Periodontal disease often progresses slowly, without pain, and over a long period of time. The longer it goes undetected and uncontrolled, the more damage it causes to gums and other supporting tissues.

Incorporating regular oral health checks as part of your continuous healthcare and adopting a simple yet regular oral hygiene routine of brushing twice a day with a soft bristled toothbrush and fluoride toothpaste, and flossing once a day, will significantly reduce the development of gum disease and help keep your natural teeth for life.

ASSOCIATED PROBLEMS

RECEDING GUMS

There are two main causes of receding gums, one may be forceful brushing techniques where the thin gum tissue is damaged from scrubbing or use of a hard bristled toothbrush. The other is gum disease, causing inflammation, which damages the gums. Once your gum tissue has been lost from the root surface, it will not usually grow back. It may be possible in some cases to graft gum tissue from other areas of your mouth to cover the defect, however this may not always be possible.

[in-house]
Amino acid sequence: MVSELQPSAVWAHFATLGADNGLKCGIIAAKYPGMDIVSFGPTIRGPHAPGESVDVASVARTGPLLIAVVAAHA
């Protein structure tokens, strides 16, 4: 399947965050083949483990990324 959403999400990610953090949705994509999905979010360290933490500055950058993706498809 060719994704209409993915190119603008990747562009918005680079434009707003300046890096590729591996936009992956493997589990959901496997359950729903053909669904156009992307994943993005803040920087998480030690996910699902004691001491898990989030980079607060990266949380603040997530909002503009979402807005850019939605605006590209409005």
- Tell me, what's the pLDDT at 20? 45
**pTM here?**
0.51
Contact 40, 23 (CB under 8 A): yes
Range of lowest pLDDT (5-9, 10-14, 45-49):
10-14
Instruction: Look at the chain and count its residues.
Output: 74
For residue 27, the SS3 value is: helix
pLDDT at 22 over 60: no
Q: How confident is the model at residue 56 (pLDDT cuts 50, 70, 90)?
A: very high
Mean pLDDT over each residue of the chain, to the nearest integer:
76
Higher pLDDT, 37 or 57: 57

POCKETS

When teeth are affected by gum disease, your gums can move away from the tooth and create an opening known as a pocket, which can allow food to accumulate and bacteria to develop and spread to other areas of your mouth. As a consequence, the pocket can become deeper and result in jawbone deterioration. 

BAD BREATH